The following is a contributed article by Pieter Gagnon and Trieu Mai, analysts at the National Renewable Energy Laboratory (NREL), and James Loewen, an independent consultant and founder of Everspring-Energy.
In May, one of us (Mr. Loewen) published an opinion piece in Utility Dive suggesting that there could be an issue with the widely used levelized cost of energy (LCOE) metric — specifically that the metric does not appropriately capture the time value of money.
Given the widespread use of the LCOE metric, and intrigued by the notion that there could be something incorrect about it, the other two authors of this letter (Pieter Gagnon and Trieu Mai, energy economics analysts at NREL) reached out to Mr. Loewen to explore the issues more fully.
After working through the problem together, we were able to reach a conclusion: there is not an issue with the formulation of LCOE. It properly captures the time-value of money, allowing for projects of different lifetimes and cash flow patterns to be fairly compared. Therefore, LCOE can be used for rank-ordering electricity projects by their ability to deliver energy at least cost.
Working to complete the public record, Mr. Loewen has detailed the technical aspects of our discussion in The Electricity Journal. Independently, Richard McCann of the M.Cubed consultancy also published a response in the same journal defending the formulation of LCOE.
However, there is a caveat: what we just said applies to LCOE if calculated in real terms (i.e., adjusted for inflation). What had originally caught Mr. Loewen's attention — and what none of us fully recognized until working through the problem together — is that, if you calculate LCOE in nominal terms, and then compare projects with unequal lifetimes, the values produced by LCOE can incorrectly rank-order technologies.
Nominal LCOE can, in effect, "penalize" longer-lived projects, making them seem more expensive relative to short-lived projects. The problem is particularly acute if you are comparing a technology against the current cost of grid electricity: the use of nominal LCOE will make the project seem relatively more expensive than it actually is.
Fortunately, calculating real LCOE is no more difficult than calculating nominal LCOE; real LCOE simply utilizes a different discount rate to generalize the effects of inflation, making the resulting value comparable across projects. NREL products, such as the Annual Technology Baseline and Standard Scenarios, generally report LCOE values in real terms. Nominal LCOE can be useful in some specific circumstances, but real LCOE is less susceptible to issues with unequal lifetimes.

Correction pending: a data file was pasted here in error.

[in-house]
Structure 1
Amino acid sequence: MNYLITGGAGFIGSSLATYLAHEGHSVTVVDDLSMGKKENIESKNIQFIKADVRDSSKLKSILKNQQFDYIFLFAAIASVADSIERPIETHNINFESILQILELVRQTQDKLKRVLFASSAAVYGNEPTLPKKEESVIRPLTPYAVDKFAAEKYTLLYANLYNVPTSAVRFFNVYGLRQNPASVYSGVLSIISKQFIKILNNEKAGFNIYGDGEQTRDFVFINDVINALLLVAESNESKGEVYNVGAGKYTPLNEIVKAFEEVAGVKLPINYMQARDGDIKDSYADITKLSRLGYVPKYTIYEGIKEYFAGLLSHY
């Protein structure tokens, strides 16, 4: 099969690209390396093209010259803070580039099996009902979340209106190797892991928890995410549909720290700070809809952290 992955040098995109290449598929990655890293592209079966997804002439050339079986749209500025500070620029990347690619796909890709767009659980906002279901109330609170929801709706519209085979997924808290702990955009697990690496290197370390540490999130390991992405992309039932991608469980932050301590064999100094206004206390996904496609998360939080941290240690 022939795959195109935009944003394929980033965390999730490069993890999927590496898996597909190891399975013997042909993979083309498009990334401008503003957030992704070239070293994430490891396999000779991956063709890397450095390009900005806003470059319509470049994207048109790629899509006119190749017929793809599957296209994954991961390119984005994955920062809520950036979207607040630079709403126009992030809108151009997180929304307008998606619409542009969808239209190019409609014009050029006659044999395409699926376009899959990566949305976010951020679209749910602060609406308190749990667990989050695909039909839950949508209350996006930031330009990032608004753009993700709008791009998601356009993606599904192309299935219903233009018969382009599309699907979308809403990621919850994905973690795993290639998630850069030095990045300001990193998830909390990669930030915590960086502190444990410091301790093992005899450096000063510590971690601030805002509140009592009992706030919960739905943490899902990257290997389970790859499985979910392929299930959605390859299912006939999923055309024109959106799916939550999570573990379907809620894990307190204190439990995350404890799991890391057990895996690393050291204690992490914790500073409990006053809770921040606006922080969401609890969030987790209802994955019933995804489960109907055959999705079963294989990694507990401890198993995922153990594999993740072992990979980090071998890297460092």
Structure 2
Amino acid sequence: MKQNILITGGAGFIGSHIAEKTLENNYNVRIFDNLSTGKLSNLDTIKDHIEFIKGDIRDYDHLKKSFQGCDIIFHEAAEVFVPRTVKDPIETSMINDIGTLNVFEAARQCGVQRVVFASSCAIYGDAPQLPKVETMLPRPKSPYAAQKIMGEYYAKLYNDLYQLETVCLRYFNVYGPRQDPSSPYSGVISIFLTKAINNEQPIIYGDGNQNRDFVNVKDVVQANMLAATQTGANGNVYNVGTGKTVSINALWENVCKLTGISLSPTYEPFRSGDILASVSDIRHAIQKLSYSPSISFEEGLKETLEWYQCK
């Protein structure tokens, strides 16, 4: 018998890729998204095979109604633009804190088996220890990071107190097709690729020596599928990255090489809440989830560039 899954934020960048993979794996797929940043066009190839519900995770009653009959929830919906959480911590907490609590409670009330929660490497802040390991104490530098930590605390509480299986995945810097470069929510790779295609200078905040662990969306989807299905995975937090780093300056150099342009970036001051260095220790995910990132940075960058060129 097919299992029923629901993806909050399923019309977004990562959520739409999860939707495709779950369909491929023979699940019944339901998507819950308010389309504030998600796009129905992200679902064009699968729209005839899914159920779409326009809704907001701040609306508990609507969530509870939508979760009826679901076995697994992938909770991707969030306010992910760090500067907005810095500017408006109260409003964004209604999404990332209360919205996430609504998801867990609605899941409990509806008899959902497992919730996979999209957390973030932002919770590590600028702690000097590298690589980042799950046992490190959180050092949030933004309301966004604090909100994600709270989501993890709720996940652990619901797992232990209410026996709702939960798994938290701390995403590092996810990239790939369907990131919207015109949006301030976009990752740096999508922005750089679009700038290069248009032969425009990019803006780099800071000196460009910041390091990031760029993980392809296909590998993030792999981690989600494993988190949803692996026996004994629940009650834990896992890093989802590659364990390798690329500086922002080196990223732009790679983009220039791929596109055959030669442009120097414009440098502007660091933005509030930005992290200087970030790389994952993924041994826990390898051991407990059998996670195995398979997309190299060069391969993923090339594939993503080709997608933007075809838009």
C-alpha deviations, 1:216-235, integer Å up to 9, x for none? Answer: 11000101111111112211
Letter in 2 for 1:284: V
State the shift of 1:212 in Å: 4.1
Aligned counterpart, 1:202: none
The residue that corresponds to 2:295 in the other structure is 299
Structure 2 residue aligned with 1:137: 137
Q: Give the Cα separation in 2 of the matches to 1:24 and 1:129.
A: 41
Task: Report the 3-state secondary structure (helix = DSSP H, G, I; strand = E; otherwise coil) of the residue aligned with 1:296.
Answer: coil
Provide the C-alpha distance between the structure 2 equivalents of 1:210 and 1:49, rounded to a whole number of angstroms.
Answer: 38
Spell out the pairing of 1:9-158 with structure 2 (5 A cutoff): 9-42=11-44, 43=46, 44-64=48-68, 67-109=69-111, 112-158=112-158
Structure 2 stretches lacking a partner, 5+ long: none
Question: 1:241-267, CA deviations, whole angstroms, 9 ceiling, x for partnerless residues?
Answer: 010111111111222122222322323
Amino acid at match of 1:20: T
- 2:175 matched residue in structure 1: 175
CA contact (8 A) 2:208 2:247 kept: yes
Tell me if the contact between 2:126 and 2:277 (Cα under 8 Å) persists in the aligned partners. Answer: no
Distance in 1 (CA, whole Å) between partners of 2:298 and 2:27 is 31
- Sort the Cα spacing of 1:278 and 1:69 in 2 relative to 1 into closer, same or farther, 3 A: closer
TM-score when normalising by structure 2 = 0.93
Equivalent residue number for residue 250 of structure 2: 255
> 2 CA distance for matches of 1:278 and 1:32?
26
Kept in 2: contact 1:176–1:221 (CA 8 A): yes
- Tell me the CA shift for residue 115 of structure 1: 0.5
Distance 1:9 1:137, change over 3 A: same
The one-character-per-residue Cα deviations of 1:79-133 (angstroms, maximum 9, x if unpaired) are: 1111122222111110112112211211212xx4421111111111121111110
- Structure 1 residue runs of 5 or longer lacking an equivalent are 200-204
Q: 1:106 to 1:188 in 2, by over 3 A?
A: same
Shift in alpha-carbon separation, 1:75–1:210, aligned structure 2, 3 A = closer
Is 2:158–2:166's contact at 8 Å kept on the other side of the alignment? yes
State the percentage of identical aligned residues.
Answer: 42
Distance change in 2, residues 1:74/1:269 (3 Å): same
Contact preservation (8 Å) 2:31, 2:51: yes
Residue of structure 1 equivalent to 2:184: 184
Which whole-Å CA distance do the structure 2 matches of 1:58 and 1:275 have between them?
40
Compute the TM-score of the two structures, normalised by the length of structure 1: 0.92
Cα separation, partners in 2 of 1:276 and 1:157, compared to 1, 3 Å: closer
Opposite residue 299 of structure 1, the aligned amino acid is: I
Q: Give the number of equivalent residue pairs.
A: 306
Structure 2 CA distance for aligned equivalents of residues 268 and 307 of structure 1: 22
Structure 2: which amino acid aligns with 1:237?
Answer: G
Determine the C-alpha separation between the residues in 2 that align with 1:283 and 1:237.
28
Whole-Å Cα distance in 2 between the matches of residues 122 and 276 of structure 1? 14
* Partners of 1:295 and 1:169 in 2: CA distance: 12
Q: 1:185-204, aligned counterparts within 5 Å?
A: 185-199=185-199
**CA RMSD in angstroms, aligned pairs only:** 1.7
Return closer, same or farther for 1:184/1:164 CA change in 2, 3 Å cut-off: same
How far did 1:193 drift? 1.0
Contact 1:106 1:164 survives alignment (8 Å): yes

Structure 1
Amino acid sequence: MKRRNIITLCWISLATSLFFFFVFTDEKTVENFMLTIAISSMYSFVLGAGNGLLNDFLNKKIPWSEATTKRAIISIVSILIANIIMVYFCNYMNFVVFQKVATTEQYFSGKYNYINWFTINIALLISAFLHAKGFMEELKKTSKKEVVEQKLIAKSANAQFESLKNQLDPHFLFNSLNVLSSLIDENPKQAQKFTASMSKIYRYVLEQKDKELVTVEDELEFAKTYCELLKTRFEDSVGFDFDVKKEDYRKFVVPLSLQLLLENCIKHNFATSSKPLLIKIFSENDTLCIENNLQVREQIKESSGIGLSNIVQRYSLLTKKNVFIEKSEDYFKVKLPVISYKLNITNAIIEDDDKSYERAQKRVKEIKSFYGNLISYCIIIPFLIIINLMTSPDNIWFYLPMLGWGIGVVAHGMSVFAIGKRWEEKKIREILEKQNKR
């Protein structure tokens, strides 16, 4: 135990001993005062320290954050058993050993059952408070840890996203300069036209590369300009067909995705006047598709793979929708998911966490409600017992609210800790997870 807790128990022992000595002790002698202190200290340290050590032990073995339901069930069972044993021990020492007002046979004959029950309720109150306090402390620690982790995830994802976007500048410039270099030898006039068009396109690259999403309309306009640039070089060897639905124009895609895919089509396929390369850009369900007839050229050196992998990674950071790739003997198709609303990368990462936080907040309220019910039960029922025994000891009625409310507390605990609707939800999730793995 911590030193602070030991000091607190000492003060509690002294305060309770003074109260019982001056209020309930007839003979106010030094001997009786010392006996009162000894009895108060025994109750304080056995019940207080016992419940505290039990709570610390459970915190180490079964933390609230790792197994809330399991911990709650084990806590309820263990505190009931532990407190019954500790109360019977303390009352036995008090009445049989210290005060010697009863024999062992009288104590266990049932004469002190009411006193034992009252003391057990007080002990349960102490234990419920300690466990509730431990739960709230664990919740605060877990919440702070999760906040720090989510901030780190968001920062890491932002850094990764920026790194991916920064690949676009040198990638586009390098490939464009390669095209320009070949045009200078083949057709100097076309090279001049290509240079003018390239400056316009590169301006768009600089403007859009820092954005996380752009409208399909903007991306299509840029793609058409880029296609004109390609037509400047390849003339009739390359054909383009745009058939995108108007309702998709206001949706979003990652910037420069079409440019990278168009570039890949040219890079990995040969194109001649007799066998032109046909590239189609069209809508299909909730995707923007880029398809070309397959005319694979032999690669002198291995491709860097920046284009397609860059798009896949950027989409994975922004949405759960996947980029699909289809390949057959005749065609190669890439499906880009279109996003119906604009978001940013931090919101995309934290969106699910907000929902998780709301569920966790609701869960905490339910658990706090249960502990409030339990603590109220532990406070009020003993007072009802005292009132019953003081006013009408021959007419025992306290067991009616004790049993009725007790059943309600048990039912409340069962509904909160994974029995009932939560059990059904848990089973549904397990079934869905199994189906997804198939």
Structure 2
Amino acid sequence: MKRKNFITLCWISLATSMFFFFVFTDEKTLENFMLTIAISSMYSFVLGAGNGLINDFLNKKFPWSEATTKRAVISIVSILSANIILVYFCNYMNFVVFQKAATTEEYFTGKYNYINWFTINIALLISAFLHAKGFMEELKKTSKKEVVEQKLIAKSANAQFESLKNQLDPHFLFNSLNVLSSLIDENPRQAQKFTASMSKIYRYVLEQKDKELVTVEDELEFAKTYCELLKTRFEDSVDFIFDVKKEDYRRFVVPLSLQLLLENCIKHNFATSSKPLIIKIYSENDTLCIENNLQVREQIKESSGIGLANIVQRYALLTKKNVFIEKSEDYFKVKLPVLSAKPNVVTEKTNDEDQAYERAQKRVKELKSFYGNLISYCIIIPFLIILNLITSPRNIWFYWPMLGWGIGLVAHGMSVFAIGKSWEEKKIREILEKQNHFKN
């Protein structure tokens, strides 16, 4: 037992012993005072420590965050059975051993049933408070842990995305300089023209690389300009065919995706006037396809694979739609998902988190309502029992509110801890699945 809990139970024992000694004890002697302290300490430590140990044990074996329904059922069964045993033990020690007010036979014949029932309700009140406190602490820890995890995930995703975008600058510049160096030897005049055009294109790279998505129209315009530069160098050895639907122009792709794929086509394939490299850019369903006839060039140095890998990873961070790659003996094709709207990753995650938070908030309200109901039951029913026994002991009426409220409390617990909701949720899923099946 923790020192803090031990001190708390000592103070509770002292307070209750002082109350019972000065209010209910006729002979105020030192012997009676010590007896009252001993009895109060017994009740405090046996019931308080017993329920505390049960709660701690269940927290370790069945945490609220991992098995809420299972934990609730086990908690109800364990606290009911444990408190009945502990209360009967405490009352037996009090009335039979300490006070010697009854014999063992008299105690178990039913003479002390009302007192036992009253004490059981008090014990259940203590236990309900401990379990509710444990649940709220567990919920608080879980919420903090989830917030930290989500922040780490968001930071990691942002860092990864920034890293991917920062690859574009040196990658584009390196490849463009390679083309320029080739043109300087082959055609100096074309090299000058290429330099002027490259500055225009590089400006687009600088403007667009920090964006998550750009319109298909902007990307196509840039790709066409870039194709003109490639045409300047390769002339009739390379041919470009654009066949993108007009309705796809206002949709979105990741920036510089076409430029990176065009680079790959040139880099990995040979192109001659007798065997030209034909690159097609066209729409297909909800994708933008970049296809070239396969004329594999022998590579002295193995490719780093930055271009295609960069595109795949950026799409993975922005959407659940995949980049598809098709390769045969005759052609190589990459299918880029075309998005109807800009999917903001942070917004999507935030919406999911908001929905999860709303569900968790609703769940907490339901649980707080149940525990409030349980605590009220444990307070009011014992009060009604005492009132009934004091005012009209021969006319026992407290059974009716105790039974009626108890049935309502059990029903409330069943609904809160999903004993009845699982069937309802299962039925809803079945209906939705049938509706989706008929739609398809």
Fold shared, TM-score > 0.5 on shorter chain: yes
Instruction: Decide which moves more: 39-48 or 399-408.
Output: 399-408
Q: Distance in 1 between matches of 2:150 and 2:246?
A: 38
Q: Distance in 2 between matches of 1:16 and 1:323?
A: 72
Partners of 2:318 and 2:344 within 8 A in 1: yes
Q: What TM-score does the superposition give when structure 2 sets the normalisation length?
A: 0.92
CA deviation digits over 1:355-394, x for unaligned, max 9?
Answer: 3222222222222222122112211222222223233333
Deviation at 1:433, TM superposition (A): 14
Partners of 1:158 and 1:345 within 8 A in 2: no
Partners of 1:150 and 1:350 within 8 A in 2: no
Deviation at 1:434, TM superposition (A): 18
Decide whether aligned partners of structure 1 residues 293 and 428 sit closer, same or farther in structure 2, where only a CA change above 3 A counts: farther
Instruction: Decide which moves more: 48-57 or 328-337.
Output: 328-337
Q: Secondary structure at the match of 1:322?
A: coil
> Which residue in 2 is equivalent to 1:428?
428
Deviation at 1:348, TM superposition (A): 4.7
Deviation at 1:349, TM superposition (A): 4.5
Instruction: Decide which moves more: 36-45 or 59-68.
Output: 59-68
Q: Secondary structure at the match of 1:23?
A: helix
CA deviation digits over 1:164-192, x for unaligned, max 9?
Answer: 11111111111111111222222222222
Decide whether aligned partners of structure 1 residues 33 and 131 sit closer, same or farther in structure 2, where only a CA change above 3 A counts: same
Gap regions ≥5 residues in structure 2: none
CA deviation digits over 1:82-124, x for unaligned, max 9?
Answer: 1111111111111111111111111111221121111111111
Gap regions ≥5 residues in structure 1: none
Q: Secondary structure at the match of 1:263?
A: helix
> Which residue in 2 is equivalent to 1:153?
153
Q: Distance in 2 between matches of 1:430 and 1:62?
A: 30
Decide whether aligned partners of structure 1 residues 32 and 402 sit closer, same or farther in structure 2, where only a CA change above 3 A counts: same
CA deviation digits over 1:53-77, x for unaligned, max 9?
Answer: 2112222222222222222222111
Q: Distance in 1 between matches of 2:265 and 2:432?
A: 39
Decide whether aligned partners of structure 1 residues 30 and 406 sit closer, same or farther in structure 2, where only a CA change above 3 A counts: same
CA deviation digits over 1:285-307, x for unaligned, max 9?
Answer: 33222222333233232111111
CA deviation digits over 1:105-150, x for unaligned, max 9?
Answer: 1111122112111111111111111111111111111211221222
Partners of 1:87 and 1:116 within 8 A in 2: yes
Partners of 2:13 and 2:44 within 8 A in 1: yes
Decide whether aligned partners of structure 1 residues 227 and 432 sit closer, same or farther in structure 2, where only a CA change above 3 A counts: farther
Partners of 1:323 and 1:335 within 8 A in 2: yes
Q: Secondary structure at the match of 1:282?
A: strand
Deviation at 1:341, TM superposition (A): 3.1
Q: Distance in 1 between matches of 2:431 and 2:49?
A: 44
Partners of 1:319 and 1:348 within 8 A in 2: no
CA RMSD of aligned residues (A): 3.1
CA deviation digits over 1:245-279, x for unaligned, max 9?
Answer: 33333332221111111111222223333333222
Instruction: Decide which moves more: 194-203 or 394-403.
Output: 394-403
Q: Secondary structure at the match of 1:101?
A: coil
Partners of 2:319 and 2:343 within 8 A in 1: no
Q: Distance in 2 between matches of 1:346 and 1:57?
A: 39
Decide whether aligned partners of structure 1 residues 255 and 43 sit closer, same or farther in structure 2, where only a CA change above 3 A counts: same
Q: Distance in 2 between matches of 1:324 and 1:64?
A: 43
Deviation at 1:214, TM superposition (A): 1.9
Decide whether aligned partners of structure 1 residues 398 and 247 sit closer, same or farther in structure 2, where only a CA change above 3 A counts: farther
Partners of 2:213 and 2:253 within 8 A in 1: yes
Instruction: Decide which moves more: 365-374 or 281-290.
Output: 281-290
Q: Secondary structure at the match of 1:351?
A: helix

Alternatively, if you wish to compare projects with unequal lifetimes in nominal terms, Richard McCann points out that you can use "replacement chains" to make the projects have equal lives (for example, two sequential 30-year projects can be compared against three sequential 20-year projects).
Although the LCOE metric — when calculated in real terms — can appropriately rank-order the costs of energy supplied from different technologies, we want to make it clear that the metric also has its limitations. Most notably, it only summarizes the costs of projects, and does not capture their benefits. Given that the value of electricity can vary hour-by-hour or across even shorter intervals, this flaw is particularly significant when comparing technologies that have different dispatch profiles, e.g., fossil fuel-fired generators versus renewable energy technologies "fueled" by variable wind and solar.
Final project decisions would generally want to consider both the costs and benefits of a project, ideally through well-understood metrics such as net-present value or benefit-cost ratio. But in the same way that price tags will continue to be useful — despite also only containing information about costs — we believe that LCOE will continue to be a useful metric despite these well-recognized limitations.
We will conclude by emphasizing our main point: LCOE, when calculated in real terms, is an appropriate metric for rank-ordering projects by their costs. When calculated in nominal terms, LCOE can give misleading results when comparing alternatives with unequal lifetimes.